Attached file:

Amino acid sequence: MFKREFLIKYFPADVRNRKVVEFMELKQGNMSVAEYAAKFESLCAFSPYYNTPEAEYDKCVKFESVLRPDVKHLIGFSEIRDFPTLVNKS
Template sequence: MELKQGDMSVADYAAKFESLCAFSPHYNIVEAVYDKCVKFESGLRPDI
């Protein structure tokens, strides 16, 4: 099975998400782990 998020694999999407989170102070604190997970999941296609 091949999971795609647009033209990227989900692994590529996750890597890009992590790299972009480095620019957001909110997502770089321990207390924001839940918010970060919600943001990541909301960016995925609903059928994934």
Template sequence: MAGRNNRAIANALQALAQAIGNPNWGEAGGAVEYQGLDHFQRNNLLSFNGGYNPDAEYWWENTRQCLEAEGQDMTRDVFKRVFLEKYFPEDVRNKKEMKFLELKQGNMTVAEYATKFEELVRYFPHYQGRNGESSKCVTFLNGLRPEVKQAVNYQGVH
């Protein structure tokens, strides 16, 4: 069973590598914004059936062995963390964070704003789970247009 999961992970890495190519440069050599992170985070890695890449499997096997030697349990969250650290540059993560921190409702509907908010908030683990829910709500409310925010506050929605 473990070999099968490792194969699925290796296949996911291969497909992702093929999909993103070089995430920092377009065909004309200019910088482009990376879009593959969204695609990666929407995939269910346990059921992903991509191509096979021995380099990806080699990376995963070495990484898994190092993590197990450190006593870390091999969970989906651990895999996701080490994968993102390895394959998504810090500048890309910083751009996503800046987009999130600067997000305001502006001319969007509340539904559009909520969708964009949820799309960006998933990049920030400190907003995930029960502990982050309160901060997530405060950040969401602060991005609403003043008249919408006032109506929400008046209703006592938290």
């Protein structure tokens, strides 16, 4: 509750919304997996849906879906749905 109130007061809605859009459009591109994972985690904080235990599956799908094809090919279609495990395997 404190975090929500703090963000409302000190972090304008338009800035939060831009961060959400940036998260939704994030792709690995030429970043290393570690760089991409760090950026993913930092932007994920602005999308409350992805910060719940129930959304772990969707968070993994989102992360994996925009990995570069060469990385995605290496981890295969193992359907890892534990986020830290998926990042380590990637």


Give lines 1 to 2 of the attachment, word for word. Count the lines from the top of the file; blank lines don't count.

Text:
Amino acid sequence: MFKREFLIKYFPADVRNRKVVEFMELKQGNMSVAEYAAKFESLCAFSPYYNTPEAEYDKCVKFESVLRPDVKHLIGFSEIRDFPTLVNKS
Template sequence: MELKQGDMSVADYAAKFESLCAFSPHYNIVEAVYDKCVKFESGLRPDI